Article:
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N2 - Background Rock climbing is an increasingly popular sport worldwide, as a recreational activity and a competitive sport. Several disciplines including sport climbing and bouldering have developed, each employing specific movements and techniques, leading to specific injuries. Objective To examine risk factors and prevention measures for injury in sport climbing and bouldering, and to assess the methodological quality of existing studies. Methods 12 electronic databases and several other sources were searched systematically using predetermined inclusion and exclusion criteria. Eligible articles were peer-reviewed, based on primary research using original data; outcome measures included injury, morbidity or mortality in rock climbing, and included one or more potential risk factor or injury prevention strategy. Two independent reviewers assessed the methodology of research in each study using the Downs and Black Quality Index. The data extracted is summarised, and appraisals of the articles are presented with respect to the quality of evidence presented. Results 19 studies met the inclusion criteria, and introduced 35 possible risk factors or injury prevention measures in climbing. Age, increasing years of climbing experience, highest climbing grade achieved (skill level), high climbing intensity score (CIS) and participating in lead climbing are potential risk factors. Results regarding injury prevention measures remain inconclusive. Discussion This field is relatively new and, as such, the data are not as robust as for more established sports with a larger research foundation. The key need is establishing modifiable risk factors using prospective studies and high quality methodology, such that injury prevention strategies can be developed. The CIS may be a useful measure in this field of research.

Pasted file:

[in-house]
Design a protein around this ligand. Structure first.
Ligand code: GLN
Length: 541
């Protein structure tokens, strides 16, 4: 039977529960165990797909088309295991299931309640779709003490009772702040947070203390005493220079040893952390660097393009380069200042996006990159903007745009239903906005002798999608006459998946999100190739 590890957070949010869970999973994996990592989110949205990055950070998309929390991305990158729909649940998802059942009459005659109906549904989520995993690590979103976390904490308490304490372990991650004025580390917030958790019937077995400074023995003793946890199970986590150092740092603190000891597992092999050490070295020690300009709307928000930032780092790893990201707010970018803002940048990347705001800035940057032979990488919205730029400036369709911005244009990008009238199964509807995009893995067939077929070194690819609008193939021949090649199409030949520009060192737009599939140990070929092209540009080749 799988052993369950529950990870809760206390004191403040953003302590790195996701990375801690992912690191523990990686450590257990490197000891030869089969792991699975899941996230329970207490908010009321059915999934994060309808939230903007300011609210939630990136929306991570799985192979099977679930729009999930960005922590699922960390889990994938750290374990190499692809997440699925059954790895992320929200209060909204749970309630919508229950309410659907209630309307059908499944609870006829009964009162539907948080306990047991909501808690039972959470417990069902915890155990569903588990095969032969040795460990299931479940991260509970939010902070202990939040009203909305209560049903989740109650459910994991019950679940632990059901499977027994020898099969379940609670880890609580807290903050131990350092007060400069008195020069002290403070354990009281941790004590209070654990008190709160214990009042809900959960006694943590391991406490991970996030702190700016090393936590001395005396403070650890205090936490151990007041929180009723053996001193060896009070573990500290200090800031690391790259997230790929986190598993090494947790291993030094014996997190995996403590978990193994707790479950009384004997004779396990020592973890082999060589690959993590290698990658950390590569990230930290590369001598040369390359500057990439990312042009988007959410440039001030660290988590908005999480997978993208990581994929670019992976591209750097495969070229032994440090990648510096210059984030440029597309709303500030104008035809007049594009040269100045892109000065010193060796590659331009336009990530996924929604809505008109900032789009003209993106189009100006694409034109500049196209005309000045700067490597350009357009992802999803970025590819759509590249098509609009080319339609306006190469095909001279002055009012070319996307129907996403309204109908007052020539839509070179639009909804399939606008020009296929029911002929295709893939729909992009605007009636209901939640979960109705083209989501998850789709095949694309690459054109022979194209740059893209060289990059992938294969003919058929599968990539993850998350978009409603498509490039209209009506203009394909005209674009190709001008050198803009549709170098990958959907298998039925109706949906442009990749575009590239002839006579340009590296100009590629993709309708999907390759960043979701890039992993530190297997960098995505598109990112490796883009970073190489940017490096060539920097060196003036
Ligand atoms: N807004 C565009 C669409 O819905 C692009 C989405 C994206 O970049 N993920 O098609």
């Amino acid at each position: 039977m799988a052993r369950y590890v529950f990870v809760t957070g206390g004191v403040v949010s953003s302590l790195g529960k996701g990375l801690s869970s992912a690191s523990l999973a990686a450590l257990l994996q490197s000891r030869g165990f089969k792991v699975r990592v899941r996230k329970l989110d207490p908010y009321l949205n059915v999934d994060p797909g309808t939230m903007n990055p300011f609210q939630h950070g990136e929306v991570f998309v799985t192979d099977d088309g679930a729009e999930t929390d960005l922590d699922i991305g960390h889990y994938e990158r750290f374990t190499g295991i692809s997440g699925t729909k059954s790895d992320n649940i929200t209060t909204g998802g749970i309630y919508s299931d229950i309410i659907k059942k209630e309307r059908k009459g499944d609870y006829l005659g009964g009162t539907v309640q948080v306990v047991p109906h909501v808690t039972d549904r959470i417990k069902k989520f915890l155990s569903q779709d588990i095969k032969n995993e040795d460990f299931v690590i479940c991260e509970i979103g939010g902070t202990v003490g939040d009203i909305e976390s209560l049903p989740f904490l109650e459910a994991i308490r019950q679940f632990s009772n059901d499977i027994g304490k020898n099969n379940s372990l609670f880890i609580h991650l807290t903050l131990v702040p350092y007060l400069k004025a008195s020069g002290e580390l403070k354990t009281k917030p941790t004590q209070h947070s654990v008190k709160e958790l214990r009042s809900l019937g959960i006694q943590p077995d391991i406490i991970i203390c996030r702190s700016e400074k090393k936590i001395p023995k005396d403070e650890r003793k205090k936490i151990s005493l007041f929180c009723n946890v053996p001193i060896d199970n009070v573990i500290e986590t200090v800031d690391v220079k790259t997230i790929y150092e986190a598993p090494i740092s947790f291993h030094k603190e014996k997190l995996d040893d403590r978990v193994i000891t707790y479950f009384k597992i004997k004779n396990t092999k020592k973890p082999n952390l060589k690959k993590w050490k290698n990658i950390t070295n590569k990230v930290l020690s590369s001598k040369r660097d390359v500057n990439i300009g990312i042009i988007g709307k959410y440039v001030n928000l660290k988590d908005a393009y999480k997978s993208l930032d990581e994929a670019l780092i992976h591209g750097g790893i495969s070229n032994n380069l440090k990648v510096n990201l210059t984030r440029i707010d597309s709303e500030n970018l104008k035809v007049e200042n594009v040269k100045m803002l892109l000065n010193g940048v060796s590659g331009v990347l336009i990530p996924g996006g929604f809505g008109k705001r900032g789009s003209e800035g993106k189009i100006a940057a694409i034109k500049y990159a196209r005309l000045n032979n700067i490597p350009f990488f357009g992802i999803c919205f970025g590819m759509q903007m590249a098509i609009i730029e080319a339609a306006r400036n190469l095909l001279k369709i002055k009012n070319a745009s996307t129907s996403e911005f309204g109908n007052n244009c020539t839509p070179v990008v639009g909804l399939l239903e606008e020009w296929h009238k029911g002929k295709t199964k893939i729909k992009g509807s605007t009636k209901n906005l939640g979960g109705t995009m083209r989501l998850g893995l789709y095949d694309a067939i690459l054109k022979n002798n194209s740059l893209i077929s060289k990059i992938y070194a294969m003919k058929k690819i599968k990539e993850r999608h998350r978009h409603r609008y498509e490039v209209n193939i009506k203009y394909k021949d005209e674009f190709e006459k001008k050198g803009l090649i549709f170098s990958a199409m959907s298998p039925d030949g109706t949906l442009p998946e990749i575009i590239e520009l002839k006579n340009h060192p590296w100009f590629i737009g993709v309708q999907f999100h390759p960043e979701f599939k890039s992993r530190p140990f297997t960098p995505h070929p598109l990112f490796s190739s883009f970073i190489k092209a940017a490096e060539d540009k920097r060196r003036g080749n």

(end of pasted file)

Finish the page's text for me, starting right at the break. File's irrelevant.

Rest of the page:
AB - Background Rock climbing is an increasingly popular sport worldwide, as a recreational activity and a competitive sport. Several disciplines including sport climbing and bouldering have developed, each employing specific movements and techniques, leading to specific injuries. Objective To examine risk factors and prevention measures for injury in sport climbing and bouldering, and to assess the methodological quality of existing studies. Methods 12 electronic databases and several other sources were searched systematically using predetermined inclusion and exclusion criteria. Eligible articles were peer-reviewed, based on primary research using original data; outcome measures included injury, morbidity or mortality in rock climbing, and included one or more potential risk factor or injury prevention strategy. Two independent reviewers assessed the methodology of research in each study using the Downs and Black Quality Index. The data extracted is summarised, and appraisals of the articles are presented with respect to the quality of evidence presented. Results 19 studies met the inclusion criteria, and introduced 35 possible risk factors or injury prevention measures in climbing. Age, increasing years of climbing experience, highest climbing grade achieved (skill level), high climbing intensity score (CIS) and participating in lead climbing are potential risk factors. Results regarding injury prevention measures remain inconclusive. Discussion This field is relatively new and, as such, the data are not as robust as for more established sports with a larger research foundation. The key need is establishing modifiable risk factors using prospective studies and high quality methodology, such that injury prevention strategies can be developed. The CIS may be a useful measure in this field of research.